Panel recommends private funding for Coppin dormitory

School president fears students will be forced to absorb building's cost

June 18, 1999|By Michael Hill | Michael Hill,SUN STAFF

A committee of the Board of Regents recommended yesterday that Coppin State College use private funds to build a dormitory, despite objections from Coppin President Calvin W. Burnett, who said the higher costs would be passed on to students.

A report presented to the finance committee of the regents, who govern the University System of Maryland, showed that a 300-bed residence hall constructed with state bonds would cost students $3,168 to live there for nine months, compared with the $3,557 cost from a privately constructed facility.

Committee chairman Edward Crawford said that the difference was not enough to cause a change in the regents' policy to seek privatization for all building projects that produce revenues such as dormitories.

"It works out to about $40 a month," Crawford said.

But Burnett disagreed, saying, "Even $40 a month is a substantial difference in terms of our student body. I think we have the lowest family income of any institution in the system."

School officials noted a long waiting list for housing at the West Baltimore college, which has one 342-bed facility for its 2,400 undergraduates. Burnett asked the committee in March to approve system bonds for a 500-bed residence hall, but was told to study privatization possibilities and report back.

The study, by the firm Lippman Frizzell and Mitchell, said sufficient demand existed to justify constructing a 300-bed facility during the next two years. Though the lower price of borrowing would make state-financed construction cheaper, the report said private construction "can be pursued without driving student costs substantially beyond their current levels."

However, the report concluded, "If the cost to the Coppin State College student is the most important judgment criterion, the University System revenue bond approach seems to be the more effective financing option for the proposed residence hall development."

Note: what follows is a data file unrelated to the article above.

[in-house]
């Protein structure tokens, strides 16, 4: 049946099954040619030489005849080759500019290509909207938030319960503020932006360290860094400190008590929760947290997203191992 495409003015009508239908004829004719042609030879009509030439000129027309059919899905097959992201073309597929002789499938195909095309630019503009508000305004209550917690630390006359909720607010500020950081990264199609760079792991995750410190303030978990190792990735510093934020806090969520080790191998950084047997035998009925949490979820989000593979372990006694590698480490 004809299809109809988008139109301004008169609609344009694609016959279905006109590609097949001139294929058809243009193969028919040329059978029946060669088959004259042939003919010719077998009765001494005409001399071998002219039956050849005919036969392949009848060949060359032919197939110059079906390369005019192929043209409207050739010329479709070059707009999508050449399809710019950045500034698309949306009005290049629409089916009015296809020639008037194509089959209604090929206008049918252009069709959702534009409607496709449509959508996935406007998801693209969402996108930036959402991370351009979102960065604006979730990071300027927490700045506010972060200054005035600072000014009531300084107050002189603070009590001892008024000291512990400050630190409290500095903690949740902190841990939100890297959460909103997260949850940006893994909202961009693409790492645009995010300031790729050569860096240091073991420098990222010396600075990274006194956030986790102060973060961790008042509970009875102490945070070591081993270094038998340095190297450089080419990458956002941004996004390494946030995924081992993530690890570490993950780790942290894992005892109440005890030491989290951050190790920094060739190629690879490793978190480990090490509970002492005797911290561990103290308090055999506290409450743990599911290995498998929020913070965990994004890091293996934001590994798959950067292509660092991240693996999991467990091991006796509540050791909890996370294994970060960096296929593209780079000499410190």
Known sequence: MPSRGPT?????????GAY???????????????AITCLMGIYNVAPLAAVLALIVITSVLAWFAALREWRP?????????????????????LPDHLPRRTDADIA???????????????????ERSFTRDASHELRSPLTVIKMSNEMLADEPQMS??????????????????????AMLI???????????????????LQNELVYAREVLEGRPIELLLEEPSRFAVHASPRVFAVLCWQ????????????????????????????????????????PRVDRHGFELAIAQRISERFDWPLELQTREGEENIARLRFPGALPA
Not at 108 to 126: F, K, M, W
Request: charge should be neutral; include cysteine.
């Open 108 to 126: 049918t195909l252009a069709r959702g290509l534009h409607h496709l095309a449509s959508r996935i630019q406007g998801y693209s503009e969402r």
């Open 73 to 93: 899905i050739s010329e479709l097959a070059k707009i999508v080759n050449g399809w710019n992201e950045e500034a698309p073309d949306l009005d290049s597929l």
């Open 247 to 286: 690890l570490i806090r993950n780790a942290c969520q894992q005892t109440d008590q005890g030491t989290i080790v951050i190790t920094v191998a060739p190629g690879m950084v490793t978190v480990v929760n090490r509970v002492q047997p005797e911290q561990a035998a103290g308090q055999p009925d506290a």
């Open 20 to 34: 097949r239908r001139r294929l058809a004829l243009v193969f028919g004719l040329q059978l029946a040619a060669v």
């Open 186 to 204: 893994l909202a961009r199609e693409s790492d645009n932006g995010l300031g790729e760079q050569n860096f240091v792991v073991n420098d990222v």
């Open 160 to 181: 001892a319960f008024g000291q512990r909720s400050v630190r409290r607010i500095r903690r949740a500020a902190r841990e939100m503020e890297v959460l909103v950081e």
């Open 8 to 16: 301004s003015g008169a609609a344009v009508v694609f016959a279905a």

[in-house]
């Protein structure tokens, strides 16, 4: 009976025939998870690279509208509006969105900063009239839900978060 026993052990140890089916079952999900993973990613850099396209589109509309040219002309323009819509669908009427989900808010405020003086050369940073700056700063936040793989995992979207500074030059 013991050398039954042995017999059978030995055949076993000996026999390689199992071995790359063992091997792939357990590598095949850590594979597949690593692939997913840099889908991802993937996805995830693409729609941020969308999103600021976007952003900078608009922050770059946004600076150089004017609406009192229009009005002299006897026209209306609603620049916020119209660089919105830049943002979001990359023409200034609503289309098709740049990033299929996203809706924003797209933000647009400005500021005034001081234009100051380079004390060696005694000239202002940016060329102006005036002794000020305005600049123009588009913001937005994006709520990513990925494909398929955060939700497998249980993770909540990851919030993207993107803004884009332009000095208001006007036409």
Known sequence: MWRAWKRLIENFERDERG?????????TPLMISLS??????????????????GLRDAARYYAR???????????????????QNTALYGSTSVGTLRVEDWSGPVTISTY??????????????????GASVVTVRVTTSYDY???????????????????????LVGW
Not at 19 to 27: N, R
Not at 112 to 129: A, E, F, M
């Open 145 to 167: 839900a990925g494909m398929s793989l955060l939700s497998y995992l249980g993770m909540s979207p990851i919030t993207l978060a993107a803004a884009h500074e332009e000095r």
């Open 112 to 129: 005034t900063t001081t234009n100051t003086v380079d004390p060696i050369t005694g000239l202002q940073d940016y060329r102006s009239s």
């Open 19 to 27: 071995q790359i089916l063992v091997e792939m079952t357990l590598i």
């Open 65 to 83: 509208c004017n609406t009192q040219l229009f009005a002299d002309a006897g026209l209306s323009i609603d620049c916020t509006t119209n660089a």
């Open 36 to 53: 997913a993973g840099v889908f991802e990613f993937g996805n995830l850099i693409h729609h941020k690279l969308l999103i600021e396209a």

Finance committee members emphasized to Burnett that their decision is a recommendation based on the privatization policy and that his objections can be taken up with the full Board of Regents at its meeting next month.

The finance committee also approved a $208 million capital budget for next year that includes an acceleration of several projects, despite the General Assembly's rejection of a $1-per-pack cigarette tax that was to finance the speedup.

The top priority is $1.4 million for the renovation of the School of Law building at the University of Maryland, Baltimore. New buildings at Salisbury State, Bowie State and Frostburg State were also high on the list, along with renovations to the chemistry building at the University of Maryland, Baltimore County and a $24 million research facility at UMB.

The committee -- and the full board meeting by telephone -- also approved an agreement with Microsoft Corp. that will allow faculty, staff and some students at education institutions statewide to purchase an office software package for $42.

Chancellor Donald N. Langenberg said that the state had to find 100,000 purchasers to secure the agreement at that price, so he put together a consortium of all the private and public institutions, and public school systems in 10 counties, to reach that threshold.

Pub Date: 6/18/99

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